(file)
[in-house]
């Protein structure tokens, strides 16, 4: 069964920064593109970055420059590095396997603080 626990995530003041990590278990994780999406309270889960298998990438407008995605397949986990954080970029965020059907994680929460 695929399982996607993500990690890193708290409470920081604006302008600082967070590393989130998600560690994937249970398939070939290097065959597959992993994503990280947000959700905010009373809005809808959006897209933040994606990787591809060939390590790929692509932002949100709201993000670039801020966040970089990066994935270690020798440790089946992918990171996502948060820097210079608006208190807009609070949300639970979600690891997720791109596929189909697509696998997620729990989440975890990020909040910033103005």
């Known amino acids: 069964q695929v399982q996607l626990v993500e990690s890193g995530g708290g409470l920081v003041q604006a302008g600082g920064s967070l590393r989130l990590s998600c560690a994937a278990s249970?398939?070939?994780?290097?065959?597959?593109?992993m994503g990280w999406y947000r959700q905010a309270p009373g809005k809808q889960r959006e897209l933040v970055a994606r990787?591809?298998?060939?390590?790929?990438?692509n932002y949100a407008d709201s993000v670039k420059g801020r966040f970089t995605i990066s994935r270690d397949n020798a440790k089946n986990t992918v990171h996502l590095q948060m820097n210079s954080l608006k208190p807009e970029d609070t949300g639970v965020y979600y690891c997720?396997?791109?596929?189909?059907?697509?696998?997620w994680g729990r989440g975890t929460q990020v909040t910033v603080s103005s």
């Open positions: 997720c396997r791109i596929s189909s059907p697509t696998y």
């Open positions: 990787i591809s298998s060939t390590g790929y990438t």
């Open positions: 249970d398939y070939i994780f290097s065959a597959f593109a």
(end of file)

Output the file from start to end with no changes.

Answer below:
[in-house]
């Protein structure tokens, strides 16, 4: 069964920064593109970055420059590095396997603080 626990995530003041990590278990994780999406309270889960298998990438407008995605397949986990954080970029965020059907994680929460 695929399982996607993500990690890193708290409470920081604006302008600082967070590393989130998600560690994937249970398939070939290097065959597959992993994503990280947000959700905010009373809005809808959006897209933040994606990787591809060939390590790929692509932002949100709201993000670039801020966040970089990066994935270690020798440790089946992918990171996502948060820097210079608006208190807009609070949300639970979600690891997720791109596929189909697509696998997620729990989440975890990020909040910033103005």
């Known amino acids: 069964q695929v399982q996607l626990v993500e990690s890193g995530g708290g409470l920081v003041q604006a302008g600082g920064s967070l590393r989130l990590s998600c560690a994937a278990s249970?398939?070939?994780?290097?065959?597959?593109?992993m994503g990280w999406y947000r959700q905010a309270p009373g809005k809808q889960r959006e897209l933040v970055a994606r990787?591809?298998?060939?390590?790929?990438?692509n932002y949100a407008d709201s993000v670039k420059g801020r966040f970089t995605i990066s994935r270690d397949n020798a440790k089946n986990t992918v990171h996502l590095q948060m820097n210079s954080l608006k208190p807009e970029d609070t949300g639970v965020y979600y690891c997720?396997?791109?596929?189909?059907?697509?696998?997620w994680g729990r989440g975890t929460q990020v909040t910033v603080s103005s």
């Open positions: 997720c396997r791109i596929s189909s059907p697509t696998y």
């Open positions: 990787i591809s298998s060939t390590g790929y990438t």
């Open positions: 249970d398939y070939i994780f290097s065959a597959f593109a």